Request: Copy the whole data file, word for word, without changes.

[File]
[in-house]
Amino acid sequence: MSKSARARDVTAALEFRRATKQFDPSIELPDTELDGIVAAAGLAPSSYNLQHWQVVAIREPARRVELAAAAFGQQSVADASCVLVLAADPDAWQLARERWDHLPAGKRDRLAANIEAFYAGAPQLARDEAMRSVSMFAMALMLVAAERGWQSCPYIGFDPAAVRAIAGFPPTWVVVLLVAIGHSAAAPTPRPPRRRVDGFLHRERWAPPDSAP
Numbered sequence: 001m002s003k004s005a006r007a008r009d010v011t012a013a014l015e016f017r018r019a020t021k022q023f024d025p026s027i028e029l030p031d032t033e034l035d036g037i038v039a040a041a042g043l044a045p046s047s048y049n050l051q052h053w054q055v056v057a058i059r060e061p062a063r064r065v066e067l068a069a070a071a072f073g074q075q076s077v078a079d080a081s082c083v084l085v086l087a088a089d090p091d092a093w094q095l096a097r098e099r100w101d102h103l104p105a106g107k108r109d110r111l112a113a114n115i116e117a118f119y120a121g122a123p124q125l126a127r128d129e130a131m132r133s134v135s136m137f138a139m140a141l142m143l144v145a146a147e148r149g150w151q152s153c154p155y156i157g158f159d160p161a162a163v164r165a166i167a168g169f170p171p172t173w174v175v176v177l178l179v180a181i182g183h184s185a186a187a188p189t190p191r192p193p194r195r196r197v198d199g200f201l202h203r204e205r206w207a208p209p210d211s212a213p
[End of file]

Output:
[in-house]
Amino acid sequence: MSKSARARDVTAALEFRRATKQFDPSIELPDTELDGIVAAAGLAPSSYNLQHWQVVAIREPARRVELAAAAFGQQSVADASCVLVLAADPDAWQLARERWDHLPAGKRDRLAANIEAFYAGAPQLARDEAMRSVSMFAMALMLVAAERGWQSCPYIGFDPAAVRAIAGFPPTWVVVLLVAIGHSAAAPTPRPPRRRVDGFLHRERWAPPDSAP
Numbered sequence: 001m002s003k004s005a006r007a008r009d010v011t012a013a014l015e016f017r018r019a020t021k022q023f024d025p026s027i028e029l030p031d032t033e034l035d036g037i038v039a040a041a042g043l044a045p046s047s048y049n050l051q052h053w054q055v056v057a058i059r060e061p062a063r064r065v066e067l068a069a070a071a072f073g074q075q076s077v078a079d080a081s082c083v084l085v086l087a088a089d090p091d092a093w094q095l096a097r098e099r100w101d102h103l104p105a106g107k108r109d110r111l112a113a114n115i116e117a118f119y120a121g122a123p124q125l126a127r128d129e130a131m132r133s134v135s136m137f138a139m140a141l142m143l144v145a146a147e148r149g150w151q152s153c154p155y156i157g158f159d160p161a162a163v164r165a166i167a168g169f170p171p172t173w174v175v176v177l178l179v180a181i182g183h184s185a186a187a188p189t190p191r192p193p194r195r196r197v198d199g200f201l202h203r204e205r206w207a208p209p210d211s212a213p